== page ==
Writing out what you want to say gives you clarity. Plus it reveals a lot. For example, if you can’t distill what you want to say, in a few simple well-crafted sentences, perhaps you are still unclear. Or if you feel the need to either circle around it or to overstate it, clearly you’re having some emotional charge. All of which is totally normal, and common. Better to see it on the page, then have it come out of your mouth and have the person’s eyes glaze or worst, get defensive.

2. Practice saying it a few times – You will have a better idea how it lands and how you feel saying it if you allow yourself to say the words out loud. You can even call a friend and say, ‘Hey can we do a mock conversation?’ My clients ALWAYS balk because of all their nervousness when we do a dry run, and that’s fabulous. Because, guess what? Your nervous system doesn’t know the difference between a dress rehearsal and opening night. The more you do it, the more your system will become acclimated, so when you do have the talk it will feel less daunting.

3. Keep simplifying the language – The more conversational it is, the more the other person can take it in. Trade in your two-dollar words (which is difficult; I know I LOVE mine) for real human speak, from your heart and your truth, while still knowing your audience.

4. It’s all about delivery – We’ve all heard, “it’s not what you say, it’s how you say it.” Is that ever true? Years ago, I worked with a relationship coaching client. There was a guy in her social group that really liked her, but she kept deflecting his overtures even though she liked him too! The challenge was their age difference was considerable (he was much younger). Given that she had a very small window left for her childbearing years, she “assumed” he wasn’t on her timetable to “eventually” (in the not so distant future) start a family, if things were to work out.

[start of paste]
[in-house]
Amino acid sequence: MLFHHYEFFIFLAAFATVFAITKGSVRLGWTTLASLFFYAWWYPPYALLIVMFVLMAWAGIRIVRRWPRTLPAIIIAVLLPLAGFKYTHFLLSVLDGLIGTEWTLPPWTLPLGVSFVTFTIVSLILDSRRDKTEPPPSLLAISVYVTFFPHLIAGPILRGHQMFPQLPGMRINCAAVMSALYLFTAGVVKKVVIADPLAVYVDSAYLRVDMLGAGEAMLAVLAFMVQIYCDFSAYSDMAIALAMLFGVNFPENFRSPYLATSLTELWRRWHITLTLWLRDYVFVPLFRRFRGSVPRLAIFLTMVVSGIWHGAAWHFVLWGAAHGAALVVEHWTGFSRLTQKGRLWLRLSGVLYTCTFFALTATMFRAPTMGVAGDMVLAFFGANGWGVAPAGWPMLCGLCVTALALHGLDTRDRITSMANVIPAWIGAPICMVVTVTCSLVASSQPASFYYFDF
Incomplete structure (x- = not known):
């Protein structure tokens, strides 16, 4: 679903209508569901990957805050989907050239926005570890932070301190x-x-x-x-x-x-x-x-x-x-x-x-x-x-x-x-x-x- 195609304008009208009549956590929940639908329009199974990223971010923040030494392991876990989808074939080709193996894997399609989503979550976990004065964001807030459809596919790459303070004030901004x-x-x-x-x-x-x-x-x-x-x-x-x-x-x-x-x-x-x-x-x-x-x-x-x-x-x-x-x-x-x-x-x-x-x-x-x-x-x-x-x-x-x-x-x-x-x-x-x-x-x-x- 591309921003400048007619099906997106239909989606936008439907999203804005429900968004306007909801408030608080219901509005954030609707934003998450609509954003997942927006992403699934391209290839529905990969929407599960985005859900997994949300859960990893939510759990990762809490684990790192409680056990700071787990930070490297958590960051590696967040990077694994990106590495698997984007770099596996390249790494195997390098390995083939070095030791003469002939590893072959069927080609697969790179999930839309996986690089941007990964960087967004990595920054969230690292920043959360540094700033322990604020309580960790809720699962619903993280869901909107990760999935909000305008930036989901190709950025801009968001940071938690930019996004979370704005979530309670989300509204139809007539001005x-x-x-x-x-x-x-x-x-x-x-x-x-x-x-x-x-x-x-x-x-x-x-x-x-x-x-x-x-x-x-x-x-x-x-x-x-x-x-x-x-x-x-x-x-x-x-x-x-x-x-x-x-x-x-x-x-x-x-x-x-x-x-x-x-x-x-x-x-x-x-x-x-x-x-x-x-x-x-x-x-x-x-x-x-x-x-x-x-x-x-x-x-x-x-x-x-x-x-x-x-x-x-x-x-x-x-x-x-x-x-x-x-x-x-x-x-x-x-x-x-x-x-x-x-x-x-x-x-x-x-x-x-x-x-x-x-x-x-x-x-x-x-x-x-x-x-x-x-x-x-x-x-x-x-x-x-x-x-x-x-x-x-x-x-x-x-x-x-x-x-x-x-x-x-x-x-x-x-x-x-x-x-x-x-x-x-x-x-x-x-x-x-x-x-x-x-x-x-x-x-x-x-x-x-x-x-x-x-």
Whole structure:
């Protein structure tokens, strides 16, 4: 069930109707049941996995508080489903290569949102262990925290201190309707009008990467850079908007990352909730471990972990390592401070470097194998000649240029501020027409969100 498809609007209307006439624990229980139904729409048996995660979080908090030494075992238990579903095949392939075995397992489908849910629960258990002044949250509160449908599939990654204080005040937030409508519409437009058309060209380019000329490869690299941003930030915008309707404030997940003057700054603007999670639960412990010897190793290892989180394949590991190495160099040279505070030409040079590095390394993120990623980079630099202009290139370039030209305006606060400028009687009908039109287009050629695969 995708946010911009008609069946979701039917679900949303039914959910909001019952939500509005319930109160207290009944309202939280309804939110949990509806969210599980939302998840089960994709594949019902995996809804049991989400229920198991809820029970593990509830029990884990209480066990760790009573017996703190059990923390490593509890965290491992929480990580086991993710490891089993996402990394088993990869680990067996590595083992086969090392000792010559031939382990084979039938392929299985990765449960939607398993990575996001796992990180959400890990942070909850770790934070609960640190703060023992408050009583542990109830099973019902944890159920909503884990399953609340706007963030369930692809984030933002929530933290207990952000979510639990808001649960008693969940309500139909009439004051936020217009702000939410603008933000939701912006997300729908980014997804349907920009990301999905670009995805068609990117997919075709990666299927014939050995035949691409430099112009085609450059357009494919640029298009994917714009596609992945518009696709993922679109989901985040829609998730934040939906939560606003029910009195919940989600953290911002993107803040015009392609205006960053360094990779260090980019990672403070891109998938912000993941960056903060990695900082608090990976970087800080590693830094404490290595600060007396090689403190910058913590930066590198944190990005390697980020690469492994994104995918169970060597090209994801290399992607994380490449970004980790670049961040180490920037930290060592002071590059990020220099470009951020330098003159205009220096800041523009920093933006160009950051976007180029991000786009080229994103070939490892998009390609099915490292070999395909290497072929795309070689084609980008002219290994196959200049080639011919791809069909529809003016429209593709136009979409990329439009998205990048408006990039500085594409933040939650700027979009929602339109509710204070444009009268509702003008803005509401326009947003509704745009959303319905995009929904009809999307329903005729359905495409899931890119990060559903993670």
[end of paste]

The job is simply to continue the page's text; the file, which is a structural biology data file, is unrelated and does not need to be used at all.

Urging her to avoid the perils of assumption, I suggested she have the conversation. We worked together to develop her “script,” but the big piece was going to be about the delivery (no pun intended) of how she would say it. It ended up something like this:

I would really like to go out with you too. However, since we are in such different junctures in our life and I would need to start a family in the next few years, I didn’t think it made sense to accept your lovely invitations. Rather than assuming, I thought it best to have a conversation about it, to understand more about where you are in your life.

At first, she freaked out a bit, worried he’d think she was needy or desperate. Ironic, since she doesn’t have a needy desperate bone in her body. I reassured her that nothing conveys more than the warmth of a smile and true intent for open dialogue; both of which she had in abundance. She did just that. Ten years and 2 kids later, it seems to have worked out quite well.

Common Sense. Uncommonly Practiced.

Say it Straight, Simple, and with a Smile.

Where in your life, or your organization could you use some support to communicate more effectively and powerfully to empower yourself while serving the people in your life? Email Lois to set up a time to “tawk,” to discuss how to be a more effective leader through the use of powerful communication.

Looking to support your team in bringing their most alive and energized self to their work? Bring Lois in to speak at your next event.

Lois Barth is a human development expert, motivational speaker, coach, and thrilled to have delivered her first ‘book child,’ “Courage to Sparkle.”  She champions women to share their brilliance and to live an authentic life. She speaks at women’s conferences all over the country and has been quoted in The New York Times, The Wall Street JournalFitness, Weight Watchers, and to name a few.